Digital attacks also have other impacts in the form of high economic loss and trauma, he said.

"When the assets of a cyber media corporation are taken over, and then the content is deleted, it can be imagined how much billions or hundreds of millions are lost when it happens," he explained.

"This is why backing up data is important," he added.

Digital attacks also cause trauma that not only affects the victims, but also their families.

The types of attacks that journalists and media experience include doxing (publication of personal information or identity on the Internet), hacking, and distributed denial-of-service (DDos).

"However, the digital era also brings benefits, such as facilitating the work of journalists and collaboration," Madrim pointed out.

When it comes to journalism in the digital era, AJI is pushing for regulations on digital attacks against journalists.

"Because digital attack is not included within the regulation," he said.

AJI will also bolster information dissemination regarding digital attacks against journalists among law enforcement authorities.

"Afterwards, it will strengthen journalists' security and develop cooperation with digital laboratory," Madrim informed.

"AJI does not yet have human resources that understand digital forensics, even though digital forensics is necessary to find the perpetrators of digital attacks," he added.

According to AJI's data, 43 cases of violence against journalists were recorded from January 1 to December 25, 2021.

The most frequent forms of violence were terror and intimidation (nine cases), physical violence (seven), and coverage ban (seven).

AJI also recorded instances of digital attacks (five), threats (five), and legal prosecution (four).

In terms of perpetrators of such attacks, the police ranked first (12 cases), followed by unknown individuals (10), government officials (eight), citizens (four), professional workers (three), and corporations, military, prosecutors, and civilian organizations (one case each).

Concerning Papua, Madrim noted that, to this day, the province is yet to open access to foreign journalists.

AJI's data shows that 69 requests were submitted by foreign journalists to cover Papua during the 2016–2022 period, with 14 of them rejected and 55 approved.

Of the 14 rejected requests, nine were recorded in 2019.

"In 2019, there were huge anti-racism protests across Papua," he informed.

AJI had tried to confirm this with the Foreign Affairs Ministry, Coordinating Ministry for Political, Legal, and Security Affairs of the Republic of Indonesia, as well as the Presidential Staff Office.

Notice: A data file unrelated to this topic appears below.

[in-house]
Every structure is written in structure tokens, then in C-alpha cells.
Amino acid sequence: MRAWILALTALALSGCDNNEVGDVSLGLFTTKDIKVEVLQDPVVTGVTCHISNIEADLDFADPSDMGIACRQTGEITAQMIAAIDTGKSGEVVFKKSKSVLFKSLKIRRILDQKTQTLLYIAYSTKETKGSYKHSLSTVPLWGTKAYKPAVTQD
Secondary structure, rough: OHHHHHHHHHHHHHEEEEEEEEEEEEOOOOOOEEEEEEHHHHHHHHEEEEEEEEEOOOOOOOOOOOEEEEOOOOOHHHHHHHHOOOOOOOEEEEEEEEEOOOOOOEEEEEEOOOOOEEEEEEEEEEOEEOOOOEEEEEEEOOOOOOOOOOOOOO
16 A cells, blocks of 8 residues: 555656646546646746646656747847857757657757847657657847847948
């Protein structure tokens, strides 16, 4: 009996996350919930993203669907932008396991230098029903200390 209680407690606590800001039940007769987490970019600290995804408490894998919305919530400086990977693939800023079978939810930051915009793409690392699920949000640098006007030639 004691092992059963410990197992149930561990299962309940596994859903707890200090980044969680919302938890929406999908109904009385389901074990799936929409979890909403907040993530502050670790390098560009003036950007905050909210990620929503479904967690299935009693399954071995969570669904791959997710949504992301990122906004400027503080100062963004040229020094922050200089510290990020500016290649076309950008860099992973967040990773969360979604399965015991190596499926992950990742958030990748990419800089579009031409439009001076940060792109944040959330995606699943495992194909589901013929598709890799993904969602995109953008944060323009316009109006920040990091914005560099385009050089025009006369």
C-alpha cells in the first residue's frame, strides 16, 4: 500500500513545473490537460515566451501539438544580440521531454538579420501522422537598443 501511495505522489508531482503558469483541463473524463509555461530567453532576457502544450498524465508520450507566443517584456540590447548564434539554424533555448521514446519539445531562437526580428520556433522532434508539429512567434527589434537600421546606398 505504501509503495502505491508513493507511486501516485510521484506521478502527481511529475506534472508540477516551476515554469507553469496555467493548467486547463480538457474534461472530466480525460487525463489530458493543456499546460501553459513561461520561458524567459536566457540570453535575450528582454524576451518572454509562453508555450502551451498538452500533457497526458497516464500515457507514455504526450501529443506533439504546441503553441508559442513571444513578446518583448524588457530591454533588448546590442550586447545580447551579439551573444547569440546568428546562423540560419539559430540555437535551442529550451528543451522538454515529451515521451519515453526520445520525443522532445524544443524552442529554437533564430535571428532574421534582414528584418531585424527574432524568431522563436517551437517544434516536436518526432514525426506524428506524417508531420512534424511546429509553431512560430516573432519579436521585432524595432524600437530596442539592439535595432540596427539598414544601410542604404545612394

However, to this day, a clear reason concerning the rejection has not been provided.

In 2019, the government also cut off Internet access in the region, which hindered journalists and the public from obtaining information.

As a result, people ended up receiving hoaxes and word-of-mouth information, Madrim said.

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US Support

Political officer at the United States Embassy in Jakarta, Mark Neighbors, underlined the importance of press freedom across Indonesia, including granting access to foreign journalists to cover Papua.

Everyone needs to know what is actually happening in Papua. Transparency and accountability must exist given that they are important parts of a democracy, he remarked.

The Internet has become a part of human life. It has become easy for people to obtain information anywhere compared to 20–30 years ago, when getting information was hard since there were only telephones and fax machines.

Deputy press attaché at the United States Embassy in Jakarta, Nicholas Geisinger, underlined the need for people to understand the freedom of the press.

The press is the fourth pillar of democracy that complements the executive, legislative, and judiciary branches, and a free press supports the principles of democracy, he explained.

The United States is very committed to protecting the freedom of the press as one of the pillars of democracy.

Open provision and exchange of information have become urgent matters for the United States and Indonesia, Geisinger noted.

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Editor: Fardah Assegaf